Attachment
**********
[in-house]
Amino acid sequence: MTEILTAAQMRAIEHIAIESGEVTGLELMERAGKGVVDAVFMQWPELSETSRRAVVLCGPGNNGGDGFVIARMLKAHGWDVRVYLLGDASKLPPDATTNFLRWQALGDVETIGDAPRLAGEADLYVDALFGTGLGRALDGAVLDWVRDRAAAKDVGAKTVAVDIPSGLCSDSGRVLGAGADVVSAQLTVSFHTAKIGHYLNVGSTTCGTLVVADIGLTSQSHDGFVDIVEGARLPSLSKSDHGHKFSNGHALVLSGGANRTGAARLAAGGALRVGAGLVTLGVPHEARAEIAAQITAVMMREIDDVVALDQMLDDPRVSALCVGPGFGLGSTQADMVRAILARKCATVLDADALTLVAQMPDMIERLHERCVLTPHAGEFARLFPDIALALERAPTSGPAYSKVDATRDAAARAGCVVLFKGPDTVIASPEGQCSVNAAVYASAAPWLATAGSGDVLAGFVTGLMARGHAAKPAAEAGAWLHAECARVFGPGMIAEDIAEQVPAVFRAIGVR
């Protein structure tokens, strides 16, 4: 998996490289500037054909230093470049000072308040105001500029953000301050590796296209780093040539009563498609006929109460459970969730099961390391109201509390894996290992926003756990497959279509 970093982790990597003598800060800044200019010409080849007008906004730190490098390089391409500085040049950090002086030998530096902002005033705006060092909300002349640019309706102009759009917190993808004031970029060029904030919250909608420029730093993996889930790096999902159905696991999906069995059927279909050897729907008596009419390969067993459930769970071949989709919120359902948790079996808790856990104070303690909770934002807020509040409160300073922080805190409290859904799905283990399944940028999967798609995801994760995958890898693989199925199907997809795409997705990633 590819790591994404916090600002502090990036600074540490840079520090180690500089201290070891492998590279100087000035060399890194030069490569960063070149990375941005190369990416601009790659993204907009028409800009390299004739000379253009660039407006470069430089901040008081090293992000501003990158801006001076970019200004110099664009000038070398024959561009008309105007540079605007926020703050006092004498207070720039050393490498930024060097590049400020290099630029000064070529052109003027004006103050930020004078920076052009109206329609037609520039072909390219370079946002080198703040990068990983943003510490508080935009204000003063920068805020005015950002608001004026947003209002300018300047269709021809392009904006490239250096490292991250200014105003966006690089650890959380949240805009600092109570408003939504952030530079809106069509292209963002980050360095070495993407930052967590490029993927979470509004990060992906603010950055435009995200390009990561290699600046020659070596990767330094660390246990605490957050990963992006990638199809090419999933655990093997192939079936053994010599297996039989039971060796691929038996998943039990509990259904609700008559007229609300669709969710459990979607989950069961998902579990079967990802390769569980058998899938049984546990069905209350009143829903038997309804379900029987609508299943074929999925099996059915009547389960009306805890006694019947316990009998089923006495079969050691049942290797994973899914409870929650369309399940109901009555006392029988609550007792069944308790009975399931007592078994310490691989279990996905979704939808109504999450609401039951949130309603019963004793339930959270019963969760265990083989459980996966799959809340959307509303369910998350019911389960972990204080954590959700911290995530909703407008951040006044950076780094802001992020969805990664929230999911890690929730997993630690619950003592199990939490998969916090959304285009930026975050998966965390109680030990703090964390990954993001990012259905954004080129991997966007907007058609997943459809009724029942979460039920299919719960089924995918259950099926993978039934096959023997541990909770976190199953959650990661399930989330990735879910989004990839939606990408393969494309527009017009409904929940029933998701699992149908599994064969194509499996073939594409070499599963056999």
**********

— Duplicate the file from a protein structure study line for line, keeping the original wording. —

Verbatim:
[in-house]
Amino acid sequence: MTEILTAAQMRAIEHIAIESGEVTGLELMERAGKGVVDAVFMQWPELSETSRRAVVLCGPGNNGGDGFVIARMLKAHGWDVRVYLLGDASKLPPDATTNFLRWQALGDVETIGDAPRLAGEADLYVDALFGTGLGRALDGAVLDWVRDRAAAKDVGAKTVAVDIPSGLCSDSGRVLGAGADVVSAQLTVSFHTAKIGHYLNVGSTTCGTLVVADIGLTSQSHDGFVDIVEGARLPSLSKSDHGHKFSNGHALVLSGGANRTGAARLAAGGALRVGAGLVTLGVPHEARAEIAAQITAVMMREIDDVVALDQMLDDPRVSALCVGPGFGLGSTQADMVRAILARKCATVLDADALTLVAQMPDMIERLHERCVLTPHAGEFARLFPDIALALERAPTSGPAYSKVDATRDAAARAGCVVLFKGPDTVIASPEGQCSVNAAVYASAAPWLATAGSGDVLAGFVTGLMARGHAAKPAAEAGAWLHAECARVFGPGMIAEDIAEQVPAVFRAIGVR
């Protein structure tokens, strides 16, 4: 998996490289500037054909230093470049000072308040105001500029953000301050590796296209780093040539009563498609006929109460459970969730099961390391109201509390894996290992926003756990497959279509 970093982790990597003598800060800044200019010409080849007008906004730190490098390089391409500085040049950090002086030998530096902002005033705006060092909300002349640019309706102009759009917190993808004031970029060029904030919250909608420029730093993996889930790096999902159905696991999906069995059927279909050897729907008596009419390969067993459930769970071949989709919120359902948790079996808790856990104070303690909770934002807020509040409160300073922080805190409290859904799905283990399944940028999967798609995801994760995958890898693989199925199907997809795409997705990633 590819790591994404916090600002502090990036600074540490840079520090180690500089201290070891492998590279100087000035060399890194030069490569960063070149990375941005190369990416601009790659993204907009028409800009390299004739000379253009660039407006470069430089901040008081090293992000501003990158801006001076970019200004110099664009000038070398024959561009008309105007540079605007926020703050006092004498207070720039050393490498930024060097590049400020290099630029000064070529052109003027004006103050930020004078920076052009109206329609037609520039072909390219370079946002080198703040990068990983943003510490508080935009204000003063920068805020005015950002608001004026947003209002300018300047269709021809392009904006490239250096490292991250200014105003966006690089650890959380949240805009600092109570408003939504952030530079809106069509292209963002980050360095070495993407930052967590490029993927979470509004990060992906603010950055435009995200390009990561290699600046020659070596990767330094660390246990605490957050990963992006990638199809090419999933655990093997192939079936053994010599297996039989039971060796691929038996998943039990509990259904609700008559007229609300669709969710459990979607989950069961998902579990079967990802390769569980058998899938049984546990069905209350009143829903038997309804379900029987609508299943074929999925099996059915009547389960009306805890006694019947316990009998089923006495079969050691049942290797994973899914409870929650369309399940109901009555006392029988609550007792069944308790009975399931007592078994310490691989279990996905979704939808109504999450609401039951949130309603019963004793339930959270019963969760265990083989459980996966799959809340959307509303369910998350019911389960972990204080954590959700911290995530909703407008951040006044950076780094802001992020969805990664929230999911890690929730997993630690619950003592199990939490998969916090959304285009930026975050998966965390109680030990703090964390990954993001990012259905954004080129991997966007907007058609997943459809009724029942979460039920299919719960089924995918259950099926993978039934096959023997541990909770976190199953959650990661399930989330990735879910989004990839939606990408393969494309527009017009409904929940029933998701699992149908599994064969194509499996073939594409070499599963056999």